Produced by Gary Drevitch
SHOESHINE BOY, YOU'RE HUMBLE AND LOVABLE. DISNEY, YOU'RE NOT.
Disney announces plans for a live-action "Underdog" film. It will be produced exclusively by people who never saw the 2000 big-screen version of "The Adventures of Rocky and Bullwinkle." Like Gary Barber, for example, who says of his doomed-from-the-start project:
"Anything where you have a dog in that superhero context, that's appealing on a global basis ... Those films do very well, and there's no better brand than Disney for this kind of movie."
Disney says it plans to keep several elements of the classic cartoon in its new film, such as, well, its name, and dog-faced TV news anchor Sweet Polly Purebred. But everything else will be thrown in the hopper:
In the feature script, by Joe Piscatella and Craig A. Williams, a diminutive hound named Shoeshine gets superpowers after a lab accident. When he's adopted by a 12-year-old boy, the two form a bond around the shared knowledge that Shoeshine is really Underdog.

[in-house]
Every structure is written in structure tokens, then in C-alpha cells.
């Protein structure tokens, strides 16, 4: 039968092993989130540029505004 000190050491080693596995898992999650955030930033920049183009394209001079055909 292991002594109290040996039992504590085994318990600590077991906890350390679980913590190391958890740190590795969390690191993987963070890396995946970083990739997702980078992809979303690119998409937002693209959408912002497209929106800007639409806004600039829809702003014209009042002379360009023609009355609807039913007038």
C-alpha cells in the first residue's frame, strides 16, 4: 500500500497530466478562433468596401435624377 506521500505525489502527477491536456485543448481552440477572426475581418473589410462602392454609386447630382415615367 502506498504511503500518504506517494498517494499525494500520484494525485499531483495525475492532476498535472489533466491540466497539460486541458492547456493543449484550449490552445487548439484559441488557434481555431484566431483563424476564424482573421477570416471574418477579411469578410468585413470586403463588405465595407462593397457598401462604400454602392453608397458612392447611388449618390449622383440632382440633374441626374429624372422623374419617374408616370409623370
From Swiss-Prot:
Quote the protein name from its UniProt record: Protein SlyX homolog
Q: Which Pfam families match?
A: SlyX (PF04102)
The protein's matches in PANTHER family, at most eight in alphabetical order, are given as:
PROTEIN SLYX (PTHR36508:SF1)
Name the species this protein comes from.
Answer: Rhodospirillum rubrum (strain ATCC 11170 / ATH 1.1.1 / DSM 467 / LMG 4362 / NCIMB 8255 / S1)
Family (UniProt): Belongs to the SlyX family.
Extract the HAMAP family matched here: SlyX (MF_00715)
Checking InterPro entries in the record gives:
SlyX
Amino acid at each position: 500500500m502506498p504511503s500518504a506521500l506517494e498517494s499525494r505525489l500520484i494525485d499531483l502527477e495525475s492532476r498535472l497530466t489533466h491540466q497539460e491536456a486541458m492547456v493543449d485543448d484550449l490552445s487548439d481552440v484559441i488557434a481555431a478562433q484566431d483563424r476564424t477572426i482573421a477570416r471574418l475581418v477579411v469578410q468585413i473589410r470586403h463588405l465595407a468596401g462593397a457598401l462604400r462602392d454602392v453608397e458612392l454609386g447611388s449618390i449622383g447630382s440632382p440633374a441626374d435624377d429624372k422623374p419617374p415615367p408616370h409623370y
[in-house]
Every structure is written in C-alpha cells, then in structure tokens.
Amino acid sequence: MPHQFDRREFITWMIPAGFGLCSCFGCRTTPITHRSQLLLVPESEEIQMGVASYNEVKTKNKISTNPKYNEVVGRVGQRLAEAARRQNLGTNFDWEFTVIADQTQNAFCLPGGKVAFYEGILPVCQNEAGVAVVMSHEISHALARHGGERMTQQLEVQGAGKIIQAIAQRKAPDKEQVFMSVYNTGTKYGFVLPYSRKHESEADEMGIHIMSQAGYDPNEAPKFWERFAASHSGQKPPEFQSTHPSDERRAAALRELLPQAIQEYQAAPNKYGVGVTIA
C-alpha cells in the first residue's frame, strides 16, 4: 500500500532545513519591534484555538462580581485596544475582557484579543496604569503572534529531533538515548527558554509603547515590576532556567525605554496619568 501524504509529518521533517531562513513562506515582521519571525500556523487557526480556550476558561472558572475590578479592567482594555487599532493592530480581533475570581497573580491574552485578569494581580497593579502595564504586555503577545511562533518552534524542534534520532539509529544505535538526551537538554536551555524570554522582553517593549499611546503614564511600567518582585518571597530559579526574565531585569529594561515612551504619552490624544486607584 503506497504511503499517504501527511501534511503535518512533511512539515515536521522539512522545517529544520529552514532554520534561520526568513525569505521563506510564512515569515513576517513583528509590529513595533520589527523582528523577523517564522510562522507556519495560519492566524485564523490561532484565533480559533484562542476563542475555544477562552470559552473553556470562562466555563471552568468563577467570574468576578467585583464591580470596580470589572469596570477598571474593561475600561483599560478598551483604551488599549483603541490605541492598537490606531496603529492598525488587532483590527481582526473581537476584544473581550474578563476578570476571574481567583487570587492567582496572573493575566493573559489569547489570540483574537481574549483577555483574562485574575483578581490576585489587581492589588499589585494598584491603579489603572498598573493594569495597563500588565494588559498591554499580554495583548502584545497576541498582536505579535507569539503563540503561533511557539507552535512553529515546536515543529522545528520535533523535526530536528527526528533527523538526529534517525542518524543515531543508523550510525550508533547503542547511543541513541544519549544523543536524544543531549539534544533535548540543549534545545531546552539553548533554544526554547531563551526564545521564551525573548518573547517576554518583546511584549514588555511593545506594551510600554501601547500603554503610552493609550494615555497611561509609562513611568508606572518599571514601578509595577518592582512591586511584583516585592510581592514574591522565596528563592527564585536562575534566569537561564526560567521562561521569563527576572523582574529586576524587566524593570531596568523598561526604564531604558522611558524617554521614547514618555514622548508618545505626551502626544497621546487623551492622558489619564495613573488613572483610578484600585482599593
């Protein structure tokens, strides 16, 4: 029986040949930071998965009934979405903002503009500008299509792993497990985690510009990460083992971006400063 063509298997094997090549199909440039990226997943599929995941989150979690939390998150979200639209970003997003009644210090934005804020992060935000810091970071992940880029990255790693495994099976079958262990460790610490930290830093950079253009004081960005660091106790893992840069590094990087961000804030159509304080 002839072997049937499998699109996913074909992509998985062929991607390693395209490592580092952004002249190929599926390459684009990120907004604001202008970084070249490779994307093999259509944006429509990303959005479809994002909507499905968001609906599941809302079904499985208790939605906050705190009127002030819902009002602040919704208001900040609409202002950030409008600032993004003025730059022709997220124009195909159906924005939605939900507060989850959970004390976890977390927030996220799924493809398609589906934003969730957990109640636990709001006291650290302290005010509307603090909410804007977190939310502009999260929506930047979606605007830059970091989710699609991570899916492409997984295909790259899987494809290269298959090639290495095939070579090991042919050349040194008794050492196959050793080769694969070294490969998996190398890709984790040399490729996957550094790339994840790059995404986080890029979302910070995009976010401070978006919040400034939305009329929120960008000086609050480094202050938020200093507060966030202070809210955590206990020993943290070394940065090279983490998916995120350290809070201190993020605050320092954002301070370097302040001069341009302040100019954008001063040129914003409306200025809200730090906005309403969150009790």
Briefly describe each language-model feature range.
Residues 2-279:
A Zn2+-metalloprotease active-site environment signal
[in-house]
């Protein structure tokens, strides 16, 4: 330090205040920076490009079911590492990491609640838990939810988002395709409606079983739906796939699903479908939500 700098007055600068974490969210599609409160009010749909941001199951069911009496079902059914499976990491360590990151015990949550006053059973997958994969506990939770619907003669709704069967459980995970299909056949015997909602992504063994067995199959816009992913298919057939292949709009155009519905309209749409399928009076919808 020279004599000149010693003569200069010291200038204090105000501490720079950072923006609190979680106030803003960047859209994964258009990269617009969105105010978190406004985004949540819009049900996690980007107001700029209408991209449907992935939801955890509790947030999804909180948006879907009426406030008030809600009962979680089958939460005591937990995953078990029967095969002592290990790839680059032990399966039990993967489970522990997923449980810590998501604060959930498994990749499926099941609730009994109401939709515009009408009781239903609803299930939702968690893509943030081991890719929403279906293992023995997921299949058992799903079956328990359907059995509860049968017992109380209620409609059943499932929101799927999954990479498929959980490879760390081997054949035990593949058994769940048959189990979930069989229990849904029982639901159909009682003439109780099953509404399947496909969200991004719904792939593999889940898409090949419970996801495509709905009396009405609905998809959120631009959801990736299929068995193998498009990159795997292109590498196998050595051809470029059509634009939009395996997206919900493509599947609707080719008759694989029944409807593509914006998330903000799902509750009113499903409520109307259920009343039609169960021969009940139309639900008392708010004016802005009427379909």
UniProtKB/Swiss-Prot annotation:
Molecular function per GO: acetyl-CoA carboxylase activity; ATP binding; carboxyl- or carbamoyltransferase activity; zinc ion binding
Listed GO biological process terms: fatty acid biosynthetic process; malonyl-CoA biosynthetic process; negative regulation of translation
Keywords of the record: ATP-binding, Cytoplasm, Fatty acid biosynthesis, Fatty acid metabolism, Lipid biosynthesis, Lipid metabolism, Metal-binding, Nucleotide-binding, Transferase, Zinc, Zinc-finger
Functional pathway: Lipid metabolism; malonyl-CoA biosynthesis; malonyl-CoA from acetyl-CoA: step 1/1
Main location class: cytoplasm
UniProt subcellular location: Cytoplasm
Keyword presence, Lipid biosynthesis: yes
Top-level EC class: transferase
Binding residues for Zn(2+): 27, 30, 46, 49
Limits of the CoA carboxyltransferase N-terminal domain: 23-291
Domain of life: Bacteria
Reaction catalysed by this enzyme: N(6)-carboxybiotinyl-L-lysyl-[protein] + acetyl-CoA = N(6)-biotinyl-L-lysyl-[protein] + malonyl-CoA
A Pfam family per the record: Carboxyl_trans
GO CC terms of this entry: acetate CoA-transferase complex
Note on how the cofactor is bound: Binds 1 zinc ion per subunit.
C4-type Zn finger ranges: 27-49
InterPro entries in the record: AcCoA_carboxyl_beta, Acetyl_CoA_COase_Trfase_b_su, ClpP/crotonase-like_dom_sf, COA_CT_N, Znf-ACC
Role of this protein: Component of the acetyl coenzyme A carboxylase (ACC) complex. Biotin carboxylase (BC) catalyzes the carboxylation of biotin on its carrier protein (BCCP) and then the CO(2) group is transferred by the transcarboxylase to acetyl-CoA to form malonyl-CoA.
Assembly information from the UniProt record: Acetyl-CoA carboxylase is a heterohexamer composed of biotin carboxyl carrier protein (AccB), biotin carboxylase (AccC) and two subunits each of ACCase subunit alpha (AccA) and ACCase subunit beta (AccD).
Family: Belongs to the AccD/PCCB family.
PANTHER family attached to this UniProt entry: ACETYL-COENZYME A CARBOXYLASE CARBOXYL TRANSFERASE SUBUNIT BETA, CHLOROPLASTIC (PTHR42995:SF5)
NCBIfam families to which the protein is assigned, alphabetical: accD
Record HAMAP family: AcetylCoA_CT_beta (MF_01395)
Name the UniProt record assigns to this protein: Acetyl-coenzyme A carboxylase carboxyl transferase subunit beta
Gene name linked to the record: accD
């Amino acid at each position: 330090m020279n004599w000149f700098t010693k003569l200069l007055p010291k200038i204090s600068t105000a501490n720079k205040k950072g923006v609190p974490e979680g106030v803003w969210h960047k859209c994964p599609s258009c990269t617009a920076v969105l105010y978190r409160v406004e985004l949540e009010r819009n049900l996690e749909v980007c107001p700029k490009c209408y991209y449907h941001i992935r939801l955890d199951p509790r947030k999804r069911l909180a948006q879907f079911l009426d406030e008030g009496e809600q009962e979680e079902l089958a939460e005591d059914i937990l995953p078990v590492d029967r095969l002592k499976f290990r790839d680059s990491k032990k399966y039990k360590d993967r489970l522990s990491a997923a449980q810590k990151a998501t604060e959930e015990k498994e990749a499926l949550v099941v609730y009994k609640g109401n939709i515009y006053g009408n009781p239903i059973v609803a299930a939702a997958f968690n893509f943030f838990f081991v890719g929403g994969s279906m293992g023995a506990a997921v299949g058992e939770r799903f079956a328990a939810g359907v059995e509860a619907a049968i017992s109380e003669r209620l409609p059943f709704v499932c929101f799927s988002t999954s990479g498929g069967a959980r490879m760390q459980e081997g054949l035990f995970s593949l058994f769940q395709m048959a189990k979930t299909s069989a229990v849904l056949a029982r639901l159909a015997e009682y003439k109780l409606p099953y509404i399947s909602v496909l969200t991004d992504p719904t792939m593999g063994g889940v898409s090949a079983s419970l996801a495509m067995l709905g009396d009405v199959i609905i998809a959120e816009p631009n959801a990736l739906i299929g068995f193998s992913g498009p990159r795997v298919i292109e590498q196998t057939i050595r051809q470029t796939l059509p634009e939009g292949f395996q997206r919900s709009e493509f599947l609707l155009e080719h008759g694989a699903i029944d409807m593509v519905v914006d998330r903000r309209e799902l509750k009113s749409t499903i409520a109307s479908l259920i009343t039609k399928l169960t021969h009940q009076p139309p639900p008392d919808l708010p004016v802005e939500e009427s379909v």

Yeah, that's pretty much how we remember it.
AFTER A SPLENDID WEEK IN THE OHIO COUNTRYSIDE, THE KIDS ARE
REFRESHED AND READY TO RESUME GETTING POUNDED BY THEIR MIDDLE-SCHOOL
It's another banner summer at Camp Quest, "the first summer sleep-away camp in the country for atheist, agnostic and secular humanist children."
While we admire the camp's slogan - "It's Beyond Belief" - some
of the kids admit they'd prefer a little more volleyball, a little less
Tomás Aguilar, 16, a Chicago native, thought the presentations on famous free thinkers like Ted Turner, the founder of CNN, could have used more balance. "Fred paints them in only a positive light," he said of the program director.
Oh, Tomás, but you should just hear what they're saying about Turner across the lake at Camp Bible ("Ohio's Best Summer Camp - Without a Doubt!").
July 8, 2005 | Permalink |
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